Sonihull, the Coventry-based pioneer of the world’s leading environmentally friendly anti-fouling systems, has signed an agreement with Kongsberg Maritime, the historied Norwegian maritime technology group, to be its sole-supplier of ultrasonic anti-fouling systems. The agreement covers every application in the Kongsberg Maritime’s range of Kamewa waterjets.
“This agreement is a significant achievement in the current climate,” says Darren A. Rowlands, CEO of Sonihull. “Kongsberg Maritime has a very wide field of operation and we can help to improve efficiencies in multiple applications.”
“As the maritime industry faces the challenges of a low carbon future, we are developing zero-harm anti-fouling systems to meet the environmental and economic challenges caused by bio-fouling,” added Rowlands. “Our technology unlocks significant margins within existing vessel systems, which extends the viability of the world’s fleet without damaging the environment or impacting operator viability.”
“In waterjet and propeller applications, our systems can improve long-term fuel economy by up to 20%,” said Rowlands, adding: “In other applications, like box cooler installations, we can reduce capital and MRO costs by up to 95%.”
Along with performance and manoeuvrability, one of the key factors affecting the choice of a vessel’s main propulsion is lifetime maintenance costs. The target markets for most waterjet installations tend to be high-performance defence and patrol applications or time-critical transportation. In these sectors reducing downtime and increasing MTBO [mean time between overhauls] is crucial.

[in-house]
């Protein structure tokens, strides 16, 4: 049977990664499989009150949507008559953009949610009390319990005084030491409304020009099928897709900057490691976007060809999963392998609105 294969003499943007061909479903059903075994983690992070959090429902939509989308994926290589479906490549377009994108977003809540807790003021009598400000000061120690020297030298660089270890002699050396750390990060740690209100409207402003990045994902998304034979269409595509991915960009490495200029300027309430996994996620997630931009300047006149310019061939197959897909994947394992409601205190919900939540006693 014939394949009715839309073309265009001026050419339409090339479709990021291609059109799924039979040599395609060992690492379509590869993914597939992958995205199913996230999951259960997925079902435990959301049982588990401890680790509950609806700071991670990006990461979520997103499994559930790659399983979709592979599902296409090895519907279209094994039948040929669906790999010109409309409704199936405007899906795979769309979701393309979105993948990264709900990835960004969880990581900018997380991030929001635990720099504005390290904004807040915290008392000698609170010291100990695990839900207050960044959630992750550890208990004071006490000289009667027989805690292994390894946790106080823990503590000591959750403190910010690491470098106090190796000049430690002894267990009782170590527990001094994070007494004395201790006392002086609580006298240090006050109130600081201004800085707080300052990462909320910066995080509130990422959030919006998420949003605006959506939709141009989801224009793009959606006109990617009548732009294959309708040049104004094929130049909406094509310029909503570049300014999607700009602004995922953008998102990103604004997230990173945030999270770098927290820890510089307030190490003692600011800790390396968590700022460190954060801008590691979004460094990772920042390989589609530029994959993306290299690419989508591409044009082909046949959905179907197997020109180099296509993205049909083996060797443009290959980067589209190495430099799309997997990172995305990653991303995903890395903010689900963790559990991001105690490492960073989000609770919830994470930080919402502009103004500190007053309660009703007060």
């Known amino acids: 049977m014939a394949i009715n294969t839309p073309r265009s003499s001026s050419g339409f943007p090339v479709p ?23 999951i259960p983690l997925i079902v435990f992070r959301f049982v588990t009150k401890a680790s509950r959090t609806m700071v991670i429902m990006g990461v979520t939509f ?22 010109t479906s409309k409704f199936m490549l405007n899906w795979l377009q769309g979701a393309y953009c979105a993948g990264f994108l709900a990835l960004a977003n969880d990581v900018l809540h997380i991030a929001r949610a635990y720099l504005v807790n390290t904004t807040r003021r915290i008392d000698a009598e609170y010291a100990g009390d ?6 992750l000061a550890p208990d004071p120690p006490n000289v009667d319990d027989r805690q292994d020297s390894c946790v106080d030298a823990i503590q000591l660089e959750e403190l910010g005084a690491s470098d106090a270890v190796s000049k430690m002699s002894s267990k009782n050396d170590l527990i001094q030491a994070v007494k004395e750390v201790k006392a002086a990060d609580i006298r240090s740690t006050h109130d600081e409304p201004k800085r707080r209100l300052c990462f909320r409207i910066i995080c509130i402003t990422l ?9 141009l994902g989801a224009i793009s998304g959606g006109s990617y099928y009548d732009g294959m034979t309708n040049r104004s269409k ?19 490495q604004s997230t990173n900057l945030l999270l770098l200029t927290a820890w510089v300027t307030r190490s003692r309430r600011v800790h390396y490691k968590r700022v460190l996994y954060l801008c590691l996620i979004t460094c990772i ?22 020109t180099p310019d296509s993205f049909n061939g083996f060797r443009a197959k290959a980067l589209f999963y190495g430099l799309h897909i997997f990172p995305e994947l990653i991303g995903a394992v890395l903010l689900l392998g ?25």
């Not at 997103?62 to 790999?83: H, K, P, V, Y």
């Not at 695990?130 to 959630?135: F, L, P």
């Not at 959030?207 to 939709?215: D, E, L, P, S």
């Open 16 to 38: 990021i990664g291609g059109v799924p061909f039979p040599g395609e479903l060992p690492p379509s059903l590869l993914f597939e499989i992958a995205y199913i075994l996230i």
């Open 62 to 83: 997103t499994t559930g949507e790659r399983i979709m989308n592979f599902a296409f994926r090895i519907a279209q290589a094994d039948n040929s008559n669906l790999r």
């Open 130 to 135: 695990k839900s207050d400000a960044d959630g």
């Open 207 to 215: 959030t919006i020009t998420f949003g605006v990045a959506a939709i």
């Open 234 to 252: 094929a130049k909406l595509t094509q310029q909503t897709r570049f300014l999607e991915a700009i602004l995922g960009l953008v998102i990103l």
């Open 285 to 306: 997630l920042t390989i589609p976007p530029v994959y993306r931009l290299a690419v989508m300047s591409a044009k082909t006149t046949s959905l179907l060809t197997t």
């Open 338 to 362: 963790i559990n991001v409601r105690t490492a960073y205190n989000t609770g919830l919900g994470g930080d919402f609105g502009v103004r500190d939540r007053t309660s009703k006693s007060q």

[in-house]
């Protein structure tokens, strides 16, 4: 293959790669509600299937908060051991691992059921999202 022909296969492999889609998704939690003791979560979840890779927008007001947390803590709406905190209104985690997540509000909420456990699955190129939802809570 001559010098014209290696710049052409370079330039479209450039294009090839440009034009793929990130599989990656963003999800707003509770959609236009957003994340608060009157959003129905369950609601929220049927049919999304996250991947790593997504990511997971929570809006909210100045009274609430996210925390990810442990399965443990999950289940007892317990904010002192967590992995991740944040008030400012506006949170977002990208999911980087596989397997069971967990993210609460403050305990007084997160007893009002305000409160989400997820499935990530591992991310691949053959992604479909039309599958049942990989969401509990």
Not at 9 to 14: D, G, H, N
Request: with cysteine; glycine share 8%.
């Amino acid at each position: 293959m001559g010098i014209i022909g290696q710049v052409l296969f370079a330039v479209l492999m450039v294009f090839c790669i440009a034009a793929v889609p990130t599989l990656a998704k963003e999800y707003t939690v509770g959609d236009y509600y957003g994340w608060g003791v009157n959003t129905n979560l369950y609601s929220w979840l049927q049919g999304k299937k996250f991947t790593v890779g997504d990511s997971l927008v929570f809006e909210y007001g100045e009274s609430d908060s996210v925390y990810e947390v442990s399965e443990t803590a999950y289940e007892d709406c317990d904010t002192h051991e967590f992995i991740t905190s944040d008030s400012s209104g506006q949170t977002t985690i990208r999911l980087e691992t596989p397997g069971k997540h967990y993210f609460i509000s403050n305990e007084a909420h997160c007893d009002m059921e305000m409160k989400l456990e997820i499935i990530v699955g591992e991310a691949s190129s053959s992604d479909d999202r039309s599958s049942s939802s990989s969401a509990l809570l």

In other applications, like box cooler installations, we can reduce capital and MRO costs by up to 95%.
Darren A. Rowlands – CEO, Sonihull
In these applications regular antifouling and cleaning regimes can be avoided by mounting a Sonihull transducer inboard, onto the surface of the jet drive near the impeller housing inspection cover. This location ensures that all the surfaces that are in contact with water get a strong ultrasonic signal transmitted through them. The Sonihull system produces multiple pulses of targeted ultrasound frequencies. These pulses are transmitted throughout the waterjet creating a pattern of increasing and decreasing pressure on the surface of the material.
This microscopic surface agitation has a cleansing effect that destroys algae, the first link in the marine food chain. This keeps the surface clean and makes it a much less inviting habitat for larger organisms. The microscopic movement is also proven to prevent barnacle and mussel larvae from embedding on the surface, preventing the settlement of power-sapping hard fouling on the waterjet’s control surfaces.